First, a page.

GM Refocuses on Used Vehicles

Mullen is preparing to unveil a revamped national campaign supporting General Motors’ Certified Used Vehicles.

The Wenham, Mass., agency will break print and radio ads in early June, with TV under consideration for a rollout later this year, sources said. Spending may be as high as $20 million, with the up coming push marking GM’s most concerted effort yet to establish the CUV program in the national consciousness.

The Detroit car maker saw its used-vehicle sales triple to more than 100,000 last year, and it is looking for Mullen’s ads to drive a similar increase in 2002, sources said.

The new round of ads will retain the tagline, “The right way. The right car,” introduced by Mullen in a campaign that broke last fall. Mullen executives declined to discuss details of the push, referring queries to GM, where a company representative declined comment.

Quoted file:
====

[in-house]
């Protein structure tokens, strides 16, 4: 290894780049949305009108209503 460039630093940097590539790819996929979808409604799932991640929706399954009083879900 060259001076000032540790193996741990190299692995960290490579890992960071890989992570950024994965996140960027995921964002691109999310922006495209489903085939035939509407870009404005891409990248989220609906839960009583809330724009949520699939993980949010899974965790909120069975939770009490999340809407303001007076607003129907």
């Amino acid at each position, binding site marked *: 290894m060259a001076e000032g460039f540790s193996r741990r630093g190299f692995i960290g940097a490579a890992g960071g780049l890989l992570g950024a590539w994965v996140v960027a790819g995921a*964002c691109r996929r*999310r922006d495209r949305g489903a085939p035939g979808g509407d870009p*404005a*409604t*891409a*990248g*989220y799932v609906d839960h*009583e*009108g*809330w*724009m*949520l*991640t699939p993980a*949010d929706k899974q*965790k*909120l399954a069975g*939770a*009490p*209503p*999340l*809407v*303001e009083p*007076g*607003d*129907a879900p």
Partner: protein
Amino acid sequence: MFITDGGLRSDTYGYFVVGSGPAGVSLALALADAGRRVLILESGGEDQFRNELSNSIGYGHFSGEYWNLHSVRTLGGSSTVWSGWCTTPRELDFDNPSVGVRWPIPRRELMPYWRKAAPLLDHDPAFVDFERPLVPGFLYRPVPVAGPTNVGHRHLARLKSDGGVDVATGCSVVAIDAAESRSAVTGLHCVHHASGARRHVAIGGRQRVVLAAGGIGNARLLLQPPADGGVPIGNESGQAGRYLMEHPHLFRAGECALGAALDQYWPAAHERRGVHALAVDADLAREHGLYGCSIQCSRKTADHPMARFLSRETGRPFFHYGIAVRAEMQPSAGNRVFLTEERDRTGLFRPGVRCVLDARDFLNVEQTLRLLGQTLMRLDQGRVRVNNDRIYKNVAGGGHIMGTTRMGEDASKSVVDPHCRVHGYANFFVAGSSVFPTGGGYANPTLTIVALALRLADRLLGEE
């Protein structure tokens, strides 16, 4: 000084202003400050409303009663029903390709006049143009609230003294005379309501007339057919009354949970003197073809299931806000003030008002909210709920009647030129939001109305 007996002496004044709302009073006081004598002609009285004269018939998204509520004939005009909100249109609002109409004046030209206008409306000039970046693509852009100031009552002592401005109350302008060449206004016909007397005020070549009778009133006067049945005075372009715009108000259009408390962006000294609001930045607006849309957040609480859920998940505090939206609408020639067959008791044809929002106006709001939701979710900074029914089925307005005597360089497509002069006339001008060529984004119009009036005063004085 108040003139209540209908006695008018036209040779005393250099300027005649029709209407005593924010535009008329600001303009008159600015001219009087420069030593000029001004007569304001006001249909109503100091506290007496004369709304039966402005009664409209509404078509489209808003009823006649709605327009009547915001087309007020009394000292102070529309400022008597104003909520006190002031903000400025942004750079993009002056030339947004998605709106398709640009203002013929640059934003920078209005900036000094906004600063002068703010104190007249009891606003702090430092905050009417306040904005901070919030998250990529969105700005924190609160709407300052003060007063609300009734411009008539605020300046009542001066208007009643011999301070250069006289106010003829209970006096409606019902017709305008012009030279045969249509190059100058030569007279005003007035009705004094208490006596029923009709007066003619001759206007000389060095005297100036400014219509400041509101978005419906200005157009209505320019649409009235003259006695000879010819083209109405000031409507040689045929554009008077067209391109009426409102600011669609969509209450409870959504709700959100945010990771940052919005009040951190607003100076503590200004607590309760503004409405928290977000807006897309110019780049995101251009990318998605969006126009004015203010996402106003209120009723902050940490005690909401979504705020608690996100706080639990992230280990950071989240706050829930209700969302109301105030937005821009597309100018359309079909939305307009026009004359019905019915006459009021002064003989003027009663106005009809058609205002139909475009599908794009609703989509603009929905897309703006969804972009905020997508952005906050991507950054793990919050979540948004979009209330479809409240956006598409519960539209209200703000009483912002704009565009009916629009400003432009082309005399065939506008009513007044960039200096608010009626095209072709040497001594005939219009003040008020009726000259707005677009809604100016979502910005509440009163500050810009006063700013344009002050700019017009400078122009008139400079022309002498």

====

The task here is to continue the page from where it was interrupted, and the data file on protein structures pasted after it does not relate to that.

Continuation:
The imagery in the work will evolve to reflect a new emphasis on “The real benefit of owning a CUV,” which will become the major subtheme of the campaign, sources said. In last year’s ads, graphics included trunk lids and tailgates with headlines touting the program’s services and guarantees.

The new campaign will represent the latest attempt by agency and client to energize the CUV program, which had been slow to catch on be fore last year’s sales spurt. The program launched in the late 1990s, backed by ads tagged, “Ready for life.”

The initial campaign was introduced under former GM marketing chief Ron Zarrella, whom some dealers found to be unsympathetic to their concerns about the CUV program, sources said.

Now, under William Lovejoy, GM group vp for North America vehicle sales, service and marketing, dealer concerns and input have been taken into consideration, and more than 55 percent of the dealer body is enrolled in the program, according to sources.

Annual spending on the CUV program fell from more than $20 million in 1997 to less than $2 million in 2000, according to CMR. Last year, however, spending rose to more than $10 million.

Recommended articles